america. all of the senators who changed their positions said they were persuaded by discussing the issue with their senate colleagues and post importantly, with their constituents. senator adabo who represents parts of queens said just two years ago most of the constituents who contacted his office were opposed to same-sex marriage. but this year he got 4,839 calls and letters to his office supporting gay marriage and only 1,176 calls and letters against gay marriage. if you were one of the 4,839, you now know that your voice was heard. and if you live in new york or any other state considering gay marriage and you have not told your representatives how you
feel about it, you are missing a chance to make your contribution to history. in new york, republican senators choosing to vote in favor of gay marriage is a particularly brave act. because the politically influential conservative party in new york strongly opposed same sex marriage and can easily activate very powerful opposition to republicans who vote for it. that is what governor cuomo had in mind when he publicly called on albany republicans to, quote, vote your conscious not your fears. that is exactly what republican senator james elessey has decided to do. >> i'm voting my heart and my conscious and for me the virtues now are if you live in america and you want to be treated equally, you have to extent
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in february the obama department of justice announced that it would no longer defend the defense of marriage act in ten pending court challenges. house speaker john boehner's office then signed a contract with an outside law firm for $500,000 to defend the federal law, which defines marriage as a legal union between one man and one woman. today citizens for responsibility and ethics in washington filed a complaint against boehner claiming his office violated the anti-deficiency act, a law
designed to stop government officials from overspending. boehner's office replied this complaint is off base and stupid to the point that it creates the appearance of partisanship by crew. the speaker expects any costs to be recouped from the obama administration justice department, which should be defending the law in court. the anti-deficiency act has nothing to do with this situation as anyone with a basic grasp of the law knows. joining me now is melanie sloan. thanks for joining me tonight, melanie. the question the speaker raised that this seems to him like a partisan attack by your organization. which is not known for partisan attacks. >> just once i would like to hear a congressman say, you're right. you got me. i did it. >> this is not that time. >> this is not going to be that time. this is par for the course. no one every admits an ethics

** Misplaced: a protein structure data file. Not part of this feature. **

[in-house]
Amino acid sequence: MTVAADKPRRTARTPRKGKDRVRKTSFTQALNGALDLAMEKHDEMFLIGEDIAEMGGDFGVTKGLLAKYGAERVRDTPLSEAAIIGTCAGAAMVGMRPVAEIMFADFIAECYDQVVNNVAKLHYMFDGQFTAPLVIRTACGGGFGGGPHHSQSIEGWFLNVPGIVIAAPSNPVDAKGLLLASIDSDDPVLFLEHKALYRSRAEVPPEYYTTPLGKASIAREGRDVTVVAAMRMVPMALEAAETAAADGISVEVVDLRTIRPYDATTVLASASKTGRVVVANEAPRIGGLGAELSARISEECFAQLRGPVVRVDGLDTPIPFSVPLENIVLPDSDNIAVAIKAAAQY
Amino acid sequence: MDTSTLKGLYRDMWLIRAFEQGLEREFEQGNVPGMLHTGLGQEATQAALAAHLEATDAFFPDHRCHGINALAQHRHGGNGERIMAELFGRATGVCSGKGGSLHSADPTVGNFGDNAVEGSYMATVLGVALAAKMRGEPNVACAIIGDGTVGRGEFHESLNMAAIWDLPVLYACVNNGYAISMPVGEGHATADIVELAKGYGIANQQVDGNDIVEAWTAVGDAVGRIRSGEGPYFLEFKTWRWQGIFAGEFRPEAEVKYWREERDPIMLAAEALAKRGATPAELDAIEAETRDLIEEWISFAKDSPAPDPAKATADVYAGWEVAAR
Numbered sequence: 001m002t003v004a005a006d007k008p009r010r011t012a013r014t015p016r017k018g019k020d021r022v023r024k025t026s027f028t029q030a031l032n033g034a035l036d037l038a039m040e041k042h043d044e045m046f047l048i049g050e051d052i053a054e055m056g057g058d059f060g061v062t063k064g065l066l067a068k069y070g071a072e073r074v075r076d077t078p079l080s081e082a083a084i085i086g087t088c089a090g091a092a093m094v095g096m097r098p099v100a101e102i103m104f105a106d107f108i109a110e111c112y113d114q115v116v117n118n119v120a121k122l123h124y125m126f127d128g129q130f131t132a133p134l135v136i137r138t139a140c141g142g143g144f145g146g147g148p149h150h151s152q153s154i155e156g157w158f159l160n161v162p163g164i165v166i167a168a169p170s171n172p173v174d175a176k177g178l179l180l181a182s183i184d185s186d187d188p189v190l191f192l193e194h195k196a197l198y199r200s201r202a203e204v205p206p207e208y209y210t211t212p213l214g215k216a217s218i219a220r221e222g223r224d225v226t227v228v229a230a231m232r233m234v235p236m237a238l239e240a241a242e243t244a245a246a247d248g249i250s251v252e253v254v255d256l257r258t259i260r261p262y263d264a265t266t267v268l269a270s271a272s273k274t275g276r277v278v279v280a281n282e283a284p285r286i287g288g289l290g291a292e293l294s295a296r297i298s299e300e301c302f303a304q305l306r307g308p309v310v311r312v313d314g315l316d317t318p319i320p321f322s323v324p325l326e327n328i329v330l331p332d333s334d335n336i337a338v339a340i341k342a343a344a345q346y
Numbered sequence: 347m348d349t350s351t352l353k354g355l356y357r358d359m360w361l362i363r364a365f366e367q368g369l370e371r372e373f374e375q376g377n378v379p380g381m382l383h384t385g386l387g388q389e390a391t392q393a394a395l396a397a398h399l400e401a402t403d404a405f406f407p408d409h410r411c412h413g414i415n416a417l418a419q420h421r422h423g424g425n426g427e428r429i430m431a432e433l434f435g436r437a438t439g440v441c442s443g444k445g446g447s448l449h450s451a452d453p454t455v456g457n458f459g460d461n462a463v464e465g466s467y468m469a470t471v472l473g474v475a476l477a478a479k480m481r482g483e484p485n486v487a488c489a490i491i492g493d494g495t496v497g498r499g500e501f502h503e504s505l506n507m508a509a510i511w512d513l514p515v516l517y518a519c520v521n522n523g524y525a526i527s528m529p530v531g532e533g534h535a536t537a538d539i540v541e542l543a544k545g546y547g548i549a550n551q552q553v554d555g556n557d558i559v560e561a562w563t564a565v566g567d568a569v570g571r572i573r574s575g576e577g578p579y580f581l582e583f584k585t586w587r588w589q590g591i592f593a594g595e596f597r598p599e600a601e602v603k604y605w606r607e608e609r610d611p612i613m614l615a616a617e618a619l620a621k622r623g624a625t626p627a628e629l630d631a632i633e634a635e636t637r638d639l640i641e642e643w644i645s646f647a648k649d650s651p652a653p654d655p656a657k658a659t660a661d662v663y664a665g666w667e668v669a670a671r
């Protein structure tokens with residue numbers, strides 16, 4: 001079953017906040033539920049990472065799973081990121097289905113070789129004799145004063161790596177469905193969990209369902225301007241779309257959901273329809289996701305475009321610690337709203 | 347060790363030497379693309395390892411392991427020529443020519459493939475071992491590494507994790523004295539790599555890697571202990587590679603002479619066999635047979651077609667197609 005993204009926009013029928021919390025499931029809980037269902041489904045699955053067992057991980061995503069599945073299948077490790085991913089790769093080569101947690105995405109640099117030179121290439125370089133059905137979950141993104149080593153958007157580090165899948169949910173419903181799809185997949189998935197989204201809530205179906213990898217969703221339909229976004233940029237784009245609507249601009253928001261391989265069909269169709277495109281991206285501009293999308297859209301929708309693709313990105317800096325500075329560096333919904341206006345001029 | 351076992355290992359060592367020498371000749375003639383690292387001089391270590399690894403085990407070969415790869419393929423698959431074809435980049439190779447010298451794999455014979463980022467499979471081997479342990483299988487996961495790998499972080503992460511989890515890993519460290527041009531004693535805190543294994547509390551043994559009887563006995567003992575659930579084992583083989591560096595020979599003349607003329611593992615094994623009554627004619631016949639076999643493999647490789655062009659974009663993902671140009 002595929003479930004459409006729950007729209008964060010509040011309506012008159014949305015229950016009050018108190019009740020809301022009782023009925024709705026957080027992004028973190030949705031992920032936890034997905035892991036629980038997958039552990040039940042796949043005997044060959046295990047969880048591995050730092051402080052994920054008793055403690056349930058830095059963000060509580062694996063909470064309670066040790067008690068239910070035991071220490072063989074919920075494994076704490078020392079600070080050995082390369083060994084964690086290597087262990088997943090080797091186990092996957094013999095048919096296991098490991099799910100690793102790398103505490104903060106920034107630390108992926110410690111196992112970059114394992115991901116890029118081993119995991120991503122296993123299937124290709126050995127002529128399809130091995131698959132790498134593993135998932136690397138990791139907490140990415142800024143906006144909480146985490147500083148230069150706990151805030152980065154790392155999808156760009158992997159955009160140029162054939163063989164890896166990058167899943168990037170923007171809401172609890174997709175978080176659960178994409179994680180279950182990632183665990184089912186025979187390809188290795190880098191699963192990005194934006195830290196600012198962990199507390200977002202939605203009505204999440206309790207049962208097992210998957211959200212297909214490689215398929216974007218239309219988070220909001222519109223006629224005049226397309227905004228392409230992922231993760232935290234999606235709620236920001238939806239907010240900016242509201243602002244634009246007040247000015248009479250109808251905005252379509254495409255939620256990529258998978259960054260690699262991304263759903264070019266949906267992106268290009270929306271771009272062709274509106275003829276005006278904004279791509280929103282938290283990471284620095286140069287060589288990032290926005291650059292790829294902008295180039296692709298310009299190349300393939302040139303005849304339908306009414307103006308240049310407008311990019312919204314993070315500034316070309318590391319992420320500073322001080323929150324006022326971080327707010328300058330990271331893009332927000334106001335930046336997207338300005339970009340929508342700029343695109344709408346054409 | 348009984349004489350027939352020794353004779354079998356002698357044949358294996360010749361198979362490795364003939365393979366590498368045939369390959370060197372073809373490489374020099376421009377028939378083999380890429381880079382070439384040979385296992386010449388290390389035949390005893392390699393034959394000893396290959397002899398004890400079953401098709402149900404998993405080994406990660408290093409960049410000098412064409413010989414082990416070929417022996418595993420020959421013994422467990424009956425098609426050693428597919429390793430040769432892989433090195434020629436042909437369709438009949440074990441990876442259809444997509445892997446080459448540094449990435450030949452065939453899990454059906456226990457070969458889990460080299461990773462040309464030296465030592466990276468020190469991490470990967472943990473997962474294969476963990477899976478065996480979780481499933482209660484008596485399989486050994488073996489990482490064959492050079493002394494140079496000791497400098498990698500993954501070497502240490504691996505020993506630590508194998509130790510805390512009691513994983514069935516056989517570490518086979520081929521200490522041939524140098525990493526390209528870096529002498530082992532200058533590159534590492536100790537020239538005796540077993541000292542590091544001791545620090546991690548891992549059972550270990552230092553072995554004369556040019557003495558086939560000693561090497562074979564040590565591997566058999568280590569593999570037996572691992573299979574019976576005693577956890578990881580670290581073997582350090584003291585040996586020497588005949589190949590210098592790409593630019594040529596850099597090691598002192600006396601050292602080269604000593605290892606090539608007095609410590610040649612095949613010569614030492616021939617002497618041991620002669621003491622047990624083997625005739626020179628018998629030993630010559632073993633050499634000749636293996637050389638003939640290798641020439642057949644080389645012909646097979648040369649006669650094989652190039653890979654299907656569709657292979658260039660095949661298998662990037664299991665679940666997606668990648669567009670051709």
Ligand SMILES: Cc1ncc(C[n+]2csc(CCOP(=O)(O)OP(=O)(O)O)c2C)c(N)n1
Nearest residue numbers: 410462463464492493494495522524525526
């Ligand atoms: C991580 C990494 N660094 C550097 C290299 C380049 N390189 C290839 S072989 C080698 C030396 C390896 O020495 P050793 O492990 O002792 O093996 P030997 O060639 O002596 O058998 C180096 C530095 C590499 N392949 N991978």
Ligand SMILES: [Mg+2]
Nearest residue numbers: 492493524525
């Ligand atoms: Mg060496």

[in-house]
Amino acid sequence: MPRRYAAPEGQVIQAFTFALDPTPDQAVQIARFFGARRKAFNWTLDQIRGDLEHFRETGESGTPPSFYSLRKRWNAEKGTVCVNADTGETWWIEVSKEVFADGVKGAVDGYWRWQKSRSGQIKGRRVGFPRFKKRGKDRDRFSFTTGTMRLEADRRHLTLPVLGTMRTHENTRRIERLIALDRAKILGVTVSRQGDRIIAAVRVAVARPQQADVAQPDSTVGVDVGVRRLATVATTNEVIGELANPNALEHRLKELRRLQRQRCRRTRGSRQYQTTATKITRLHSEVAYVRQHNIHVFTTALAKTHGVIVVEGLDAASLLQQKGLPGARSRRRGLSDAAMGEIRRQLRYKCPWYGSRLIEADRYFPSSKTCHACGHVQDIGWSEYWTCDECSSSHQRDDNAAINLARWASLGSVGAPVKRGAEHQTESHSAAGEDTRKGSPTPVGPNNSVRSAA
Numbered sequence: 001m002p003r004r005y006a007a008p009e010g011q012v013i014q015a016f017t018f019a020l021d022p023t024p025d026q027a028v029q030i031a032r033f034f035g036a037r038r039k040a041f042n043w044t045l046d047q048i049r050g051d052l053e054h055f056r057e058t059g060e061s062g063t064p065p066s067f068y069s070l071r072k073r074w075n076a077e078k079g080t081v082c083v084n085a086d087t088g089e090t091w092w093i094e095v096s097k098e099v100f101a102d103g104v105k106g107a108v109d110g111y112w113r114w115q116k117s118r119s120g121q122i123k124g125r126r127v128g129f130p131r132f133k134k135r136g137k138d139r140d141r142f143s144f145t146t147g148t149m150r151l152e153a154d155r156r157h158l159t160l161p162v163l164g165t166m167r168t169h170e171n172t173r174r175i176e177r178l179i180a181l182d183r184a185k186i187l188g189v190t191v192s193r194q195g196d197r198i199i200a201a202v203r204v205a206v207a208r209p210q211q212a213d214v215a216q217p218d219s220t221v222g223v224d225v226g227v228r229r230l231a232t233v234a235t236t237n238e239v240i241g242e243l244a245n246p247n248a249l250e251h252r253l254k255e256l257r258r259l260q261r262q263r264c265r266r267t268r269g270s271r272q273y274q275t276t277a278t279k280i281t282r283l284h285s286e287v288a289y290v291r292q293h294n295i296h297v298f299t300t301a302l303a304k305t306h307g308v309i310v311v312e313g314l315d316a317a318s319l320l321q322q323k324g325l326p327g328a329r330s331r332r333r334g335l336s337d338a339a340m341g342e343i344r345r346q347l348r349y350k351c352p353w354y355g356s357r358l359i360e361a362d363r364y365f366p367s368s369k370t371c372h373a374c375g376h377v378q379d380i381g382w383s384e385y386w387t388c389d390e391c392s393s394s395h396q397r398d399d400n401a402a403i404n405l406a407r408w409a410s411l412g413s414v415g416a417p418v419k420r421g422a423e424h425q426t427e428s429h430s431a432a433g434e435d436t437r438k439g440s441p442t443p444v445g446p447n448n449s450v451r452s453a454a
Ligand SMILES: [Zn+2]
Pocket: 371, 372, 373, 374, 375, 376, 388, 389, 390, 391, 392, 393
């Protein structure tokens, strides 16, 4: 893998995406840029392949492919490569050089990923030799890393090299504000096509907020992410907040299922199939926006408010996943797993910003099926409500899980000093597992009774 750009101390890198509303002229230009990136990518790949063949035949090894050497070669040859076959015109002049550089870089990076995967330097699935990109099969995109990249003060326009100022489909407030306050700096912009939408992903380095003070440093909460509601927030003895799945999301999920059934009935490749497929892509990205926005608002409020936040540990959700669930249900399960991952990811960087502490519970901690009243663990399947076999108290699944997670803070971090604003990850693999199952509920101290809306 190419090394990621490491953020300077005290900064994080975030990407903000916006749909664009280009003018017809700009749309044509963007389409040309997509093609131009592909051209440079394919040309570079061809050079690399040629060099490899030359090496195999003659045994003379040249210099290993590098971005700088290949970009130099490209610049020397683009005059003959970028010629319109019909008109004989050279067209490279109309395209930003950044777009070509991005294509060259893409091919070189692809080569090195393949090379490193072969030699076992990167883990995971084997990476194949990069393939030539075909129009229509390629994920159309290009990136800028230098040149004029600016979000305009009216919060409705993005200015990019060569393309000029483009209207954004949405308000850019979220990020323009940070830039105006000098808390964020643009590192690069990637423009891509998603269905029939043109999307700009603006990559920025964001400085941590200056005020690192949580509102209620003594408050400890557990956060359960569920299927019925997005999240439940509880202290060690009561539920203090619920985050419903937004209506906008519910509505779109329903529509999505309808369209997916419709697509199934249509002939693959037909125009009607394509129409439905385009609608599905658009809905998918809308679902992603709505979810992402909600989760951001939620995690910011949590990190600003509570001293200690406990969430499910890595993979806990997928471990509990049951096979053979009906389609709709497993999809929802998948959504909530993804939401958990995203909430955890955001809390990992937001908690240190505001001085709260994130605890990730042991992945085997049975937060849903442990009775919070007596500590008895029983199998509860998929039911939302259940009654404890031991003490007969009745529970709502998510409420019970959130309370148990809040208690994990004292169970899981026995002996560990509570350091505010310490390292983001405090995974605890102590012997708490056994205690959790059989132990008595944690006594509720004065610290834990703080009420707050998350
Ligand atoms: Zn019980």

violence, as i'm sure you know. this is a well founded complaint. we went through the law carefully. you can't take funds appropriate rated for one purpose and move them for another purpose. that's what the speaker is trying to do here. he's also claimed he's going to reprogram funds at some later date. the law doesn't allow for the later reprogramming. here it is. speaker boehner is talking about the fact that we're in fiscally difficult times and we have to reign in government spending. he's spending $500,000 we don't have. >> just so i think the audience is amazed there's any kind of law designed to prevent government overspending since government overspends every day wildly and creates the massive deficits, but as you pointed out, technically what it is, it's about using the money that's in the budget for what it's designed to be used for in the budget. they don't want to see games played where the money starts to move around and cross borders in the budget.
you seem to by saying that's what happened here. >> he's trying to take money appropriated for one purpose and spending it on another. the department of justice already said it doesn't plan to provide the money back to the house counsel's office. the house counsel's office, which is the office that's intended to represent the house of representatives in legal matters, it only had a budget of $1.45 million. that money is already spoken for for salaries and expenses. they don't have this $500,000, and they've been told the money is not coming out of their budget sochlt where is the money coming from? >> leaving money aside for a second. what about the legal basis for what boehner is doing. how much sense does it make when they've abandoned the sense of a federal law at the appeals level for the house of representatives to say we're going to send lawyers into this? >> well, it makes no sense.
in a time of scarce resources i have to make choices and decide what's really important. where should our money be spent? it's really questionable as to why the speaker would choose to defend a clearly unconstitutional law, and the fact is it looks political. only in an effort to try the gain votes with some conservative voters that he's doing it. >> melanie, you had what can be called success in the ensign affair. you're the one who brought the complaint about what john ensign was up to. he is since on the verge of expulsion, resigned and left the senate. you've had amazing successes. what are your hopes for this one? >> well, first the house never really handles ethics matters that well. the office of congressional ethics has a better track record. i'm hoping they will take a strong look and investigate. the best they can do is send it to the ethics committee. that's where ethics complaints go to die. >> melanie slo